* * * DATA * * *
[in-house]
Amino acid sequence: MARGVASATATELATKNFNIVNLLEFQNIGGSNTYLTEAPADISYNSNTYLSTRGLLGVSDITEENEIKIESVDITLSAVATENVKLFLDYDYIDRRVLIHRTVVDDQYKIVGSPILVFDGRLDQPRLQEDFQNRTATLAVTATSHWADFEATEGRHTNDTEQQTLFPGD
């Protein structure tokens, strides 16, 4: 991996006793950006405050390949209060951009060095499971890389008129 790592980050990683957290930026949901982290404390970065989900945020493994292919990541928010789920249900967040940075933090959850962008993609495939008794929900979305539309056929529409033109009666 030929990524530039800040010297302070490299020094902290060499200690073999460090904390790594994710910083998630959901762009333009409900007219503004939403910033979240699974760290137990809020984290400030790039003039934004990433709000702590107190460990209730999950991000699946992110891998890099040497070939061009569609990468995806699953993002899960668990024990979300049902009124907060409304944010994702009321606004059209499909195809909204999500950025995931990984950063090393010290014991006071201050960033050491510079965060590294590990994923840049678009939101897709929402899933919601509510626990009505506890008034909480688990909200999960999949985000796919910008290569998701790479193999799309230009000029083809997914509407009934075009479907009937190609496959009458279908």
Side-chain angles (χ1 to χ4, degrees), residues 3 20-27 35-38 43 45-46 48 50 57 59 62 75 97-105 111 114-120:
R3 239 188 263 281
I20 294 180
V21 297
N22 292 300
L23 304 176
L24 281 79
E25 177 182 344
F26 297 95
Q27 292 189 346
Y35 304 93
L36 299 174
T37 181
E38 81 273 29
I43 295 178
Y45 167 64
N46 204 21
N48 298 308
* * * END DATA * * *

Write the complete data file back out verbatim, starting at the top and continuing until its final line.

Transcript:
[in-house]
Amino acid sequence: MARGVASATATELATKNFNIVNLLEFQNIGGSNTYLTEAPADISYNSNTYLSTRGLLGVSDITEENEIKIESVDITLSAVATENVKLFLDYDYIDRRVLIHRTVVDDQYKIVGSPILVFDGRLDQPRLQEDFQNRTATLAVTATSHWADFEATEGRHTNDTEQQTLFPGD
């Protein structure tokens, strides 16, 4: 991996006793950006405050390949209060951009060095499971890389008129 790592980050990683957290930026949901982290404390970065989900945020493994292919990541928010789920249900967040940075933090959850962008993609495939008794929900979305539309056929529409033109009666 030929990524530039800040010297302070490299020094902290060499200690073999460090904390790594994710910083998630959901762009333009409900007219503004939403910033979240699974760290137990809020984290400030790039003039934004990433709000702590107190460990209730999950991000699946992110891998890099040497070939061009569609990468995806699953993002899960668990024990979300049902009124907060409304944010994702009321606004059209499909195809909204999500950025995931990984950063090393010290014991006071201050960033050491510079965060590294590990994923840049678009939101897709929402899933919601509510626990009505506890008034909480688990909200999960999949985000796919910008290569998701790479193999799309230009000029083809997914509407009934075009479907009937190609496959009458279908």
Side-chain angles (χ1 to χ4, degrees), residues 3 20-27 35-38 43 45-46 48 50 57 59 62 75 97-105 111 114-120:
R3 239 188 263 281
I20 294 180
V21 297
N22 292 300
L23 304 176
L24 281 79
E25 177 182 344
F26 297 95
Q27 292 189 346
Y35 304 93
L36 299 174
T37 181
E38 81 273 29
I43 295 178
Y45 167 64
N46 204 21
N48 298 308